Maintaining business continuity[edit]

The identifying of vulnerable areas of operation, setting priorities, an awareness of dependencies, as well as planning for development, all form part of continuity in a business enterprise. A comprehensive business continuity plan should be designed and implemented, to ensure the maintaining of operational continuity in the event of abnormal conditions prevailing. As in major institutions, any type or size of business can prepare plans that promote rapid recovery, from the after effects of adverse events or conditions. Impacts are minimized, with provisions made to facilitate functioning during and after emergency situations.

It is a development process generally founded on a single framework, involving key individuals in determined functional areas. The plans are based on risk assessment, a potential business impact analysis and include procedures for regular maintenance; for example, testing/drills, training and updates. This is added to with integrated protection of information and privacy factors, within the plan. The concept of such a contingency plan should be based on:

  • Extent of the plan
  • Plan structure and planned cycle
  • Risk management
  • Business continuity
  • Plan development and implementation
  • Personnel training
  • Maintaining the plan and re-assessment periods,

Planning and forecasting[edit]

The process of planning requires the management of a business to determine numerical goals, generally related to the forthcoming 12 months; or for a long-term plan, for three years or over. An action plan is then decided upon by company management and mapped out, with an associated time frame, for goals and objectives to be achieved. The factor of finance becomes influential, on the action stages being converted to the forecasting of numbers in respect of revenues and expenses. Those managers with financial planning expertise have the capacity to generate forecasts that although aggressive, are also attainable. A financial management team must understand the company operating procedures sufficiently, for them to structure financial models, based on realistic projections.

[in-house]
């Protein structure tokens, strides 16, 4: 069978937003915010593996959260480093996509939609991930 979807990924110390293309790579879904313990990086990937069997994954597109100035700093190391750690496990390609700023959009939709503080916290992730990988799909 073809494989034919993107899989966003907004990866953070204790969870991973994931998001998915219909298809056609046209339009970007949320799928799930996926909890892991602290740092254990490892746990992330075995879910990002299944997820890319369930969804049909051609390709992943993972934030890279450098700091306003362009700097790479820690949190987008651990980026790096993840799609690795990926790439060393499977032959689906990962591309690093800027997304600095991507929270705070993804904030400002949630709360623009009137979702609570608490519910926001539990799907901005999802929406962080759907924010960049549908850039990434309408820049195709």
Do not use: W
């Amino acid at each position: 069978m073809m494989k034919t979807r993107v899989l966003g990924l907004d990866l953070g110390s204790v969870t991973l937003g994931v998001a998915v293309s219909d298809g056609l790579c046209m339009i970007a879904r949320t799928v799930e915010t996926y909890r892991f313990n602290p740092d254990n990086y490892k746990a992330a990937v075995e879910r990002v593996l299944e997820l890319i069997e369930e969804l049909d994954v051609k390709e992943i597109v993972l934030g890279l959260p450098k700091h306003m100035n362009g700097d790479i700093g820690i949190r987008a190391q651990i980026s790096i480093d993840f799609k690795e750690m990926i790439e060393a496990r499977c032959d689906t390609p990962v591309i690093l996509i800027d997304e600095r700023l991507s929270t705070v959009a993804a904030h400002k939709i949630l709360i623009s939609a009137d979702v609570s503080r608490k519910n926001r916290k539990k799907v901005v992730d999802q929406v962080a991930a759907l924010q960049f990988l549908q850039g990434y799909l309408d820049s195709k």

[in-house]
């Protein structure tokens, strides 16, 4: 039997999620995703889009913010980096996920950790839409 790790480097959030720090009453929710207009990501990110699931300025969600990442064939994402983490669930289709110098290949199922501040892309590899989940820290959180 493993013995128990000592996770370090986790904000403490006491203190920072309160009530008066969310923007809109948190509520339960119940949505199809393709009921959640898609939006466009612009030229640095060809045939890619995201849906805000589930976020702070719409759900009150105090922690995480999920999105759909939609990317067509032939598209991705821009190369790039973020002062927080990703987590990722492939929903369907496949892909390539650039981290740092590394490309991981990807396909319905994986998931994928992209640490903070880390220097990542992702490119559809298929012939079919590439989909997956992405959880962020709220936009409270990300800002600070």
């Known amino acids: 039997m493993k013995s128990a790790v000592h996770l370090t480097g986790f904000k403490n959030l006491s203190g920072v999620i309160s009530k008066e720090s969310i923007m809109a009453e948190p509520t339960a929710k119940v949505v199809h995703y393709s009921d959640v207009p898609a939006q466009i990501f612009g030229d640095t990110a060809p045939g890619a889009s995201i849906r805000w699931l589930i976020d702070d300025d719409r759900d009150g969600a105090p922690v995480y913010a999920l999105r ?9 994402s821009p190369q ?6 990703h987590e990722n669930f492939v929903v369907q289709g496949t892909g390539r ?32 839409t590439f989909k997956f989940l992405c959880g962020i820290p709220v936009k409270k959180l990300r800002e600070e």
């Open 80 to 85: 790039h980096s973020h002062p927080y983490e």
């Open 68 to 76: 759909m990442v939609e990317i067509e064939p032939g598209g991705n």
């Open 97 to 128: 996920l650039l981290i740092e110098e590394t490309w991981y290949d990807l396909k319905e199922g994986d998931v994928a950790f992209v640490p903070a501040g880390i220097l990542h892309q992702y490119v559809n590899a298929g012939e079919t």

Business finance is a function utilizing numbers and analytical tools, designed to help managers towards making the best possible decisions. It is an advantage for any business owner to be aware of at least the basic principles of business finance, in order to effectively control their company. Finance is an integral aspect of a business operation, providing vital statistics that help executive management review the current financial position, especially with regard to the profitability factor. Companies, irrespective of their size, benefit from dedicated financial planning, which is a guideline towards future growth potential.

Decision making analysis[edit]

Within the factors of business management, the aspect of finance can be regarded as being similar to the hub of a wheel. It is the mechanism around which various decisions related to company applications are based. Irrespective of the size and nature of the decisions to be made during the final analysis, it is the financial position and/or commitment, or gain that will determine the result. The gathering of relevant data and on occasions, the complex financial modeling utilized in business finance, provides the motivation and confirmation to ensure the maximum, efficient utilization of its resources. These can include its capital, productive capacity and human resources.

Budgets in relation to any type of business are made with the best available projections and with a budget variance analysis, compares actual performance to those projected. Potential problem areas can be determined, as well as opportunities, based on the solid facts generated. Analyzing a departmental or master budget each month, or a minimum, quarterly, enables a quantitative analysis of expenses, revenues, production costs and overheads. In addition, it creates an awareness of any impact from servicing debt service and business receivables.

Business operating data and results[edit]